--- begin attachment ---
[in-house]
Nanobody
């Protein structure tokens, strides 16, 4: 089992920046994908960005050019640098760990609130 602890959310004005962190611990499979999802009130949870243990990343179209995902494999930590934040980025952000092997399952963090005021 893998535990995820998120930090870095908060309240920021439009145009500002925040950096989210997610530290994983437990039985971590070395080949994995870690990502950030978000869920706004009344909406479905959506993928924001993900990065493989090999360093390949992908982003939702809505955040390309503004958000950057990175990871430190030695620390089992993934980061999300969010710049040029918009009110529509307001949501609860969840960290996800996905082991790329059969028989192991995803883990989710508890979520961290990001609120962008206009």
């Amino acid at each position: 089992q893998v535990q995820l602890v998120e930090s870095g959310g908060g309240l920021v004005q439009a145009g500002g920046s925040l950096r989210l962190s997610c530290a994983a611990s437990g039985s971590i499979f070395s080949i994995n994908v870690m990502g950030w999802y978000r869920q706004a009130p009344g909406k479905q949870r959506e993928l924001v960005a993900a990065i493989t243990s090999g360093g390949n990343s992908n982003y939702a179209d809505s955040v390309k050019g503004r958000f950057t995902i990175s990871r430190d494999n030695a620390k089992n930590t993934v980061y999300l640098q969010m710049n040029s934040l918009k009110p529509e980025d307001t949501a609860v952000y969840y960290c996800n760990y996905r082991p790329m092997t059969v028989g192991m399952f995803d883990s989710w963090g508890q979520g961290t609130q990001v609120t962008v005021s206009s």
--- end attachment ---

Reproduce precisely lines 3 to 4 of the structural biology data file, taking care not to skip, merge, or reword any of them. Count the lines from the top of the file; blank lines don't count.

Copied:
């Protein structure tokens, strides 16, 4: 089992920046994908960005050019640098760990609130 602890959310004005962190611990499979999802009130949870243990990343179209995902494999930590934040980025952000092997399952963090005021 893998535990995820998120930090870095908060309240920021439009145009500002925040950096989210997610530290994983437990039985971590070395080949994995870690990502950030978000869920706004009344909406479905959506993928924001993900990065493989090999360093390949992908982003939702809505955040390309503004958000950057990175990871430190030695620390089992993934980061999300969010710049040029918009009110529509307001949501609860969840960290996800996905082991790329059969028989192991995803883990989710508890979520961290990001609120962008206009």
């Amino acid at each position: 089992q893998v535990q995820l602890v998120e930090s870095g959310g908060g309240l920021v004005q439009a145009g500002g920046s925040l950096r989210l962190s997610c530290a994983a611990s437990g039985s971590i499979f070395s080949i994995n994908v870690m990502g950030w999802y978000r869920q706004a009130p009344g909406k479905q949870r959506e993928l924001v960005a993900a990065i493989t243990s090999g360093g390949n990343s992908n982003y939702a179209d809505s955040v390309k050019g503004r958000f950057t995902i990175s990871r430190d494999n030695a620390k089992n930590t993934v980061y999300l640098q969010m710049n040029s934040l918009k009110p529509e980025d307001t949501a609860v952000y969840y960290c996800n760990y996905r082991p790329m092997t059969v028989g192991m399952f995803d883990s989710w963090g508890q979520g961290t609130q990001v609120t962008v005021s206009s």